8 Animated Short Films to Work on Children's Emotions

Books, games, and movies are an excellent way to work on children's emotions. We'll recommend the best animated shorts.
8 Animated Short Films to Work on Children's Emotions
Sharon Capeluto

Written and verified by the psychologist Sharon Capeluto.

Last update: 03 July, 2023

Animated short films are an excellent resource to work on children’s emotions and how to handle them. We’re talking about a valuable tool for both teachers and parents at home.

Making room for emotional education is a prerequisite if we want to promote healthy and happy childhoods. So, what could be better than bringing children closer to the world of emotions through a didactic and attractive medium such as animation?

The best animated shorts to work on children’s emotions

Below, we’ll present a selection of the most entertaining short films to work on children’s emotions. Let’s get to it.

1. Little Icarus

Flying a toy airplane isn’t always so simple. The protagonist of Little Icarus is a little boy who loves airplanes but gets very angry when he notices that things don’t turn out as he expected. He gets frustrated again and again because he can’t get the plastic airplanes off the ground.

However, he keeps on insisting. This story allows us to easily see ourselves reflected in the character, as we all encounter unexpected situations and obstacles in life on our way to our goals.

In addition, this animated short film can lead to a more than interesting discussion with our children or students: What do we do when things don’t go our way? How does the boy in the film feel? What would we do in his place?

2. Castaway

David Vera, the author of the short film Naufragos (Castaways), presents us with two men very similar in appearance (although differentiated by their hair), but with very different levels of emotional maturity.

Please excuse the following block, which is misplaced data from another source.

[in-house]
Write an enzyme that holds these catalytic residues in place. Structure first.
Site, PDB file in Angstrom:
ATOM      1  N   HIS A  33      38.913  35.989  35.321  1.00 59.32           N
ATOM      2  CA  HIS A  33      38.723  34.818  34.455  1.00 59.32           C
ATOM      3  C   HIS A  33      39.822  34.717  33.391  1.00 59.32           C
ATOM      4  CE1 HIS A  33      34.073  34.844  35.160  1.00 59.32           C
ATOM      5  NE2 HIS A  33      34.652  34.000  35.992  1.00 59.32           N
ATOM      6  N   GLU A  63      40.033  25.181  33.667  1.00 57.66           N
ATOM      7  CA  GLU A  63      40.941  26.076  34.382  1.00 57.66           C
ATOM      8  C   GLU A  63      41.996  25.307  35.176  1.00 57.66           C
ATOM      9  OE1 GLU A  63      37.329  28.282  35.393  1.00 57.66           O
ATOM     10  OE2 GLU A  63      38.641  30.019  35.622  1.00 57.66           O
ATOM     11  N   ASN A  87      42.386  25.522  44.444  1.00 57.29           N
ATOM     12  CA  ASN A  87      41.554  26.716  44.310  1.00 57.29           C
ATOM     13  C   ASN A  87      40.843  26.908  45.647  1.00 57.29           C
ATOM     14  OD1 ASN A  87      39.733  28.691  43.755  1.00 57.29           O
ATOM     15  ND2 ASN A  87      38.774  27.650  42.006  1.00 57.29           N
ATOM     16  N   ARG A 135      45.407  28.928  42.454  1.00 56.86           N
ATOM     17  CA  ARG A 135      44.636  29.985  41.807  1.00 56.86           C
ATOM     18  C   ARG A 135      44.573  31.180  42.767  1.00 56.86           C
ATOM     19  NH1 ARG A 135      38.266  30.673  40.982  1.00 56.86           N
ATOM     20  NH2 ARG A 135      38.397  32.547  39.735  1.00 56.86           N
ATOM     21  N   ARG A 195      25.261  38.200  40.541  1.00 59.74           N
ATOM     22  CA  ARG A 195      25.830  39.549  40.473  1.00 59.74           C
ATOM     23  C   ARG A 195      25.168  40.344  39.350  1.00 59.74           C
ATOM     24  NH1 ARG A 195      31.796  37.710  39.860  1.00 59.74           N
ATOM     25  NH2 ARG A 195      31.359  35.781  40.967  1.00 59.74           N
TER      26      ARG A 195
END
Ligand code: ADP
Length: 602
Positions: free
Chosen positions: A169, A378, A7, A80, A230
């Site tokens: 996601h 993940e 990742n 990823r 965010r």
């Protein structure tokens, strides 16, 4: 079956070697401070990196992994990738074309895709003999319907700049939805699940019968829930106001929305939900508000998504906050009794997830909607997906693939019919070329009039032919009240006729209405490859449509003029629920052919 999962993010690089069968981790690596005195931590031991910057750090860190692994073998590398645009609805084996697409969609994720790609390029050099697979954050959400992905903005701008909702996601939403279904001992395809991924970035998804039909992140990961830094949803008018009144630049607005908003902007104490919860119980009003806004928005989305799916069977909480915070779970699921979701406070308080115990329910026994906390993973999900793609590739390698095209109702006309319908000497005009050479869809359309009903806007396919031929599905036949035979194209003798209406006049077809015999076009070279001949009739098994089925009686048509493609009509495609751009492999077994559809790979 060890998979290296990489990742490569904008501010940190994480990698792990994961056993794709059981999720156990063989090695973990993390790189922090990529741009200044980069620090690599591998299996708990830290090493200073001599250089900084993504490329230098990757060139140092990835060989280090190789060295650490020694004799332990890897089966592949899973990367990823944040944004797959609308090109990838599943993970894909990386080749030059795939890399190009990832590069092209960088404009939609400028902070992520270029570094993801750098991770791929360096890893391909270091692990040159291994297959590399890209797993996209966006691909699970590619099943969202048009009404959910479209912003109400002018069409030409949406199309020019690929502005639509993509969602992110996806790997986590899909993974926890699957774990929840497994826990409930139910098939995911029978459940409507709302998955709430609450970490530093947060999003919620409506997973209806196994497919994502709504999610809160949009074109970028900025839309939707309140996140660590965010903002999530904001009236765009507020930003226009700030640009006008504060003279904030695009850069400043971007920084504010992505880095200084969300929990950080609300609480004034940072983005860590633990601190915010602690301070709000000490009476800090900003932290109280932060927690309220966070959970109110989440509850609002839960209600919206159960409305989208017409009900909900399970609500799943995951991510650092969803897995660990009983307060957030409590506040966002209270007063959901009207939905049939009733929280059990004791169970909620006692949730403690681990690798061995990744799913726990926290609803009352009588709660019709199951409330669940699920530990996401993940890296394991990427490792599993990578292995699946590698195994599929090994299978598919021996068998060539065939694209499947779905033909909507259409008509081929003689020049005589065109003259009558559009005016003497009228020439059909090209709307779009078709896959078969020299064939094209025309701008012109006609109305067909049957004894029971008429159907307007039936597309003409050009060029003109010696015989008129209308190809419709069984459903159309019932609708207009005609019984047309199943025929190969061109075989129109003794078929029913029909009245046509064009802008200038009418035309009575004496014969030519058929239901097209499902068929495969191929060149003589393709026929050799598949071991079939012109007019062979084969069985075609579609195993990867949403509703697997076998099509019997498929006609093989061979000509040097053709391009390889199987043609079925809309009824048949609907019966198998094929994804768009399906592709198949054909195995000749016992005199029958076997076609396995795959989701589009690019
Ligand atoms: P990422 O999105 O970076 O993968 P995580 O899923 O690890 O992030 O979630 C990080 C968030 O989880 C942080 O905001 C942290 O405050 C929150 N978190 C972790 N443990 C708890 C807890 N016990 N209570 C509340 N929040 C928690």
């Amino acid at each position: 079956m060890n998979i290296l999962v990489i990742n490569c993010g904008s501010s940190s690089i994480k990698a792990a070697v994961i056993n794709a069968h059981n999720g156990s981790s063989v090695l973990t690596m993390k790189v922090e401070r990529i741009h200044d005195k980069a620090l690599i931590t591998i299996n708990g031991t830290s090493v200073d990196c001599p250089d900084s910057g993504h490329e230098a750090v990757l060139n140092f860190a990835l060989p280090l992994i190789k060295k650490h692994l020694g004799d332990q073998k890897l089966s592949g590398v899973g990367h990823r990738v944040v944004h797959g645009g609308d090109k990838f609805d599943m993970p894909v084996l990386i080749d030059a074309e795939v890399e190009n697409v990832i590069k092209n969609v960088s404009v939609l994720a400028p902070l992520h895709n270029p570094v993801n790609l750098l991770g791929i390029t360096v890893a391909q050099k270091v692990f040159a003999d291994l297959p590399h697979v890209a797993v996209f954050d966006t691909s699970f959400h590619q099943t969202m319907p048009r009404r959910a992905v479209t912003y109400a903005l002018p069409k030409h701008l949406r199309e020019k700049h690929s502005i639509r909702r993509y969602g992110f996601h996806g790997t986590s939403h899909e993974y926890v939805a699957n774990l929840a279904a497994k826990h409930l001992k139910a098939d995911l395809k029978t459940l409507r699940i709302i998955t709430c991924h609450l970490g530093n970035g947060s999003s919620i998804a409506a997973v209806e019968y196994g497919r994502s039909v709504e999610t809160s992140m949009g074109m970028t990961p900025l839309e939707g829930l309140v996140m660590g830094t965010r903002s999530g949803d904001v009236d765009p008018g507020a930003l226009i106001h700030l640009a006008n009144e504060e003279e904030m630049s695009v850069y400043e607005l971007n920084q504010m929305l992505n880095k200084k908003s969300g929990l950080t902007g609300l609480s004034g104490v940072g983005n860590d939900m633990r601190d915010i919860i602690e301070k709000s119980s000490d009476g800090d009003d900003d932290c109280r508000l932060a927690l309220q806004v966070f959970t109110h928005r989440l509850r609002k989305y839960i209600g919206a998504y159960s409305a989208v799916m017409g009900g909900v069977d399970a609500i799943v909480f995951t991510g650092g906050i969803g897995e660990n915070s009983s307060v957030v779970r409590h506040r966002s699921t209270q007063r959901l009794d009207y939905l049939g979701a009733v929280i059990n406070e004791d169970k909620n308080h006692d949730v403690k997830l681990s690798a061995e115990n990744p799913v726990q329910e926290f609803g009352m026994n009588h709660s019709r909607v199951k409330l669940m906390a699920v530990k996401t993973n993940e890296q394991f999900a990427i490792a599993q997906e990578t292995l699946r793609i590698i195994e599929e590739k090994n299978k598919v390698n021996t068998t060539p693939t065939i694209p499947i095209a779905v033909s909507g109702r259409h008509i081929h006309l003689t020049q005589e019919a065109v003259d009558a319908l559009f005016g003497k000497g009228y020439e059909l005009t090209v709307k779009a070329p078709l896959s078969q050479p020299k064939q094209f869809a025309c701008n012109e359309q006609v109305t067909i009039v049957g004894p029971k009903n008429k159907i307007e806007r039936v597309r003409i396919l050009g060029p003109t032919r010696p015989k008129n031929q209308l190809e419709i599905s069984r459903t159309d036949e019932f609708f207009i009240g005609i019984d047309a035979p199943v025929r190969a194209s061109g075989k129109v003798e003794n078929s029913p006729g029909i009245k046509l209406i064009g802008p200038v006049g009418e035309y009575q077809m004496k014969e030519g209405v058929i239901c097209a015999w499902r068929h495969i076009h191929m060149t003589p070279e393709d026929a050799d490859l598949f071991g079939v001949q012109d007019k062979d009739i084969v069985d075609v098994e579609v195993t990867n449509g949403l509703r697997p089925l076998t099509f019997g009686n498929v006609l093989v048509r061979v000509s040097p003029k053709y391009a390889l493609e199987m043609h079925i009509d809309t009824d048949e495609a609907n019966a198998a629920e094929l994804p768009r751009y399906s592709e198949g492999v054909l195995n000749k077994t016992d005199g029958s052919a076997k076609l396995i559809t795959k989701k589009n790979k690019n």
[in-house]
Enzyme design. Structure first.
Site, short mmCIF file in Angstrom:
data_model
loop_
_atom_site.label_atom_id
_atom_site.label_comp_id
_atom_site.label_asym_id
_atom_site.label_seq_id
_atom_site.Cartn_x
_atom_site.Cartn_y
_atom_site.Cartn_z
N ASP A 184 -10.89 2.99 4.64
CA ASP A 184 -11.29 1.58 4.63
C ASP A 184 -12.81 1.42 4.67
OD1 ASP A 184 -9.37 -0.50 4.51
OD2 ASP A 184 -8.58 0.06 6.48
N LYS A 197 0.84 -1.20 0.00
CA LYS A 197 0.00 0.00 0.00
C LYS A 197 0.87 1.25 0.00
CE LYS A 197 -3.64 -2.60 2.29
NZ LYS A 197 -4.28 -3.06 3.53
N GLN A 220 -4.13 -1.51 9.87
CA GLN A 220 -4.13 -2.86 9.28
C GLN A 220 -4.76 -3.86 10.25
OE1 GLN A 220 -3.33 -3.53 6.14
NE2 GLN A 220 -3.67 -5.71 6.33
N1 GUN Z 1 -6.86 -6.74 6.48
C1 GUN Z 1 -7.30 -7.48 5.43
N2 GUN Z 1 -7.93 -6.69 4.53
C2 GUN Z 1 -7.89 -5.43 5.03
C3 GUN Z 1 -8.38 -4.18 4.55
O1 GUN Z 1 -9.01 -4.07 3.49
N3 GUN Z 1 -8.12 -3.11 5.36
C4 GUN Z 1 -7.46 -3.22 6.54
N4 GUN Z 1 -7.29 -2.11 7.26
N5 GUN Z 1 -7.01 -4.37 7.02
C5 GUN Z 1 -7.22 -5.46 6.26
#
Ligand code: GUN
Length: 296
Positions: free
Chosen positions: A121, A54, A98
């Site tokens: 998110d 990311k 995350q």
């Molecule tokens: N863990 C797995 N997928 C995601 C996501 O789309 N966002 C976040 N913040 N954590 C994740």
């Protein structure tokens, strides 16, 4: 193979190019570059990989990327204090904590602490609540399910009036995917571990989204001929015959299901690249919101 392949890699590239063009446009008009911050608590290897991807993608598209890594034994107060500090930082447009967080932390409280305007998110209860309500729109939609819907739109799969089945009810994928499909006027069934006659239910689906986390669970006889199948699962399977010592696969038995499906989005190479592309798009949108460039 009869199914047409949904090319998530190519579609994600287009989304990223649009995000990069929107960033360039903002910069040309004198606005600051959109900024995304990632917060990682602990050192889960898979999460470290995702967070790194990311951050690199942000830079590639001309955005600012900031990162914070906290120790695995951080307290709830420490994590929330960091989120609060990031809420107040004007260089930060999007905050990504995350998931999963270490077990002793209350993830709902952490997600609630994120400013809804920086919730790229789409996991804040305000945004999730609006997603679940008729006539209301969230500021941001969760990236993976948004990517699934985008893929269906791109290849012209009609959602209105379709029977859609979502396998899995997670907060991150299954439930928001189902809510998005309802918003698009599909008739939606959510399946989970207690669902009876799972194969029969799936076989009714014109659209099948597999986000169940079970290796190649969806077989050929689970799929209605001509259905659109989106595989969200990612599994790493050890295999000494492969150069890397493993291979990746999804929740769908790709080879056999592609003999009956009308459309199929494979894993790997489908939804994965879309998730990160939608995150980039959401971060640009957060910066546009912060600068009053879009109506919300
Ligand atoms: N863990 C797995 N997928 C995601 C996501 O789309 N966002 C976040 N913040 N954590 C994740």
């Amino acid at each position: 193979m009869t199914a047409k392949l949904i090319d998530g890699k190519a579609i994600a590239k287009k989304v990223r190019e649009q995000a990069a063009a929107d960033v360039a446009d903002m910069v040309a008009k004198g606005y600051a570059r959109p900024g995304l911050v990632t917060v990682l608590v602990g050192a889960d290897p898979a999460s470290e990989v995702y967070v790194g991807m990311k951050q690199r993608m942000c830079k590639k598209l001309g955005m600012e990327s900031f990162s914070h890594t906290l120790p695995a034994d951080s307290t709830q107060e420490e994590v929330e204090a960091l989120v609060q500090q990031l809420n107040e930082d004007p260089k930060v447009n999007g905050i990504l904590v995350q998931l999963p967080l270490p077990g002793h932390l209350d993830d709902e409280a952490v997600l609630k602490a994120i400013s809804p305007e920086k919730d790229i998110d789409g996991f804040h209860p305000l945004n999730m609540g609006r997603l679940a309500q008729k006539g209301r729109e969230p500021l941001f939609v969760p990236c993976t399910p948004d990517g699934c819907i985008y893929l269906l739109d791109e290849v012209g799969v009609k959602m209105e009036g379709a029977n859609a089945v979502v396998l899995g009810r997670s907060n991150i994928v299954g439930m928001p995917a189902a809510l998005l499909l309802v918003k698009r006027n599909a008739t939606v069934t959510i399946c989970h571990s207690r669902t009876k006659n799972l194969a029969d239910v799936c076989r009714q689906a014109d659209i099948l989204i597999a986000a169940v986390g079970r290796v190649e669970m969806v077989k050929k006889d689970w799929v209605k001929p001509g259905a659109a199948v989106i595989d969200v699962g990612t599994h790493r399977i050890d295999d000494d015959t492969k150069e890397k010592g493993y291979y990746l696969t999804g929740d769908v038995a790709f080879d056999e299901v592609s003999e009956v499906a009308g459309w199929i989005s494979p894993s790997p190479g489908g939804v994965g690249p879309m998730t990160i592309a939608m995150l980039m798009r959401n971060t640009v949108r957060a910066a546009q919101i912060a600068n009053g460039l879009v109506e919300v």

One of the men assumes a selfish attitude and a notorious difficulty in registering and taking an interest in the emotions of others. The other, on the other hand, shows generosity and solidarity. This film is an interesting tool that can be very useful for working on social skills at home or in the classroom.

3. Bridge

Parents watching something on a tablet with their children.
Any time is a good time to enjoy a short film, and it’s especially important to watch them as a family to better analyze them.

This beautiful short film has four animals as the main characters. They try to cross a narrow bridge, and one becomes a hindrance to the other. The two-minute duration is enough to convey the main idea: Sometimes, in order to reach a mutually convenient agreement requires taking on a flexible position.

It’s the adorable raccoon who comes up with a great (yet simple) idea so that both he and his rabbit companion can reach the other side of the bridge. This production can function as a trigger when working on concepts such as collaboration, teamwork, and empathy. In addition, the animated short shows the ineffectiveness of violence.

More of the best animated shorts to work on children’s emotions

4. Piper

Piper is a production created by Disney Pixar in 2016. It tells the story of a beautiful little bird that’s afraid of water. The point is that, in order to get food, he must face this fear.

The film manages to perfectly describe that uncomfortable appreciation of feeling very small and insecure in front of a context that seems both unknown and threatening.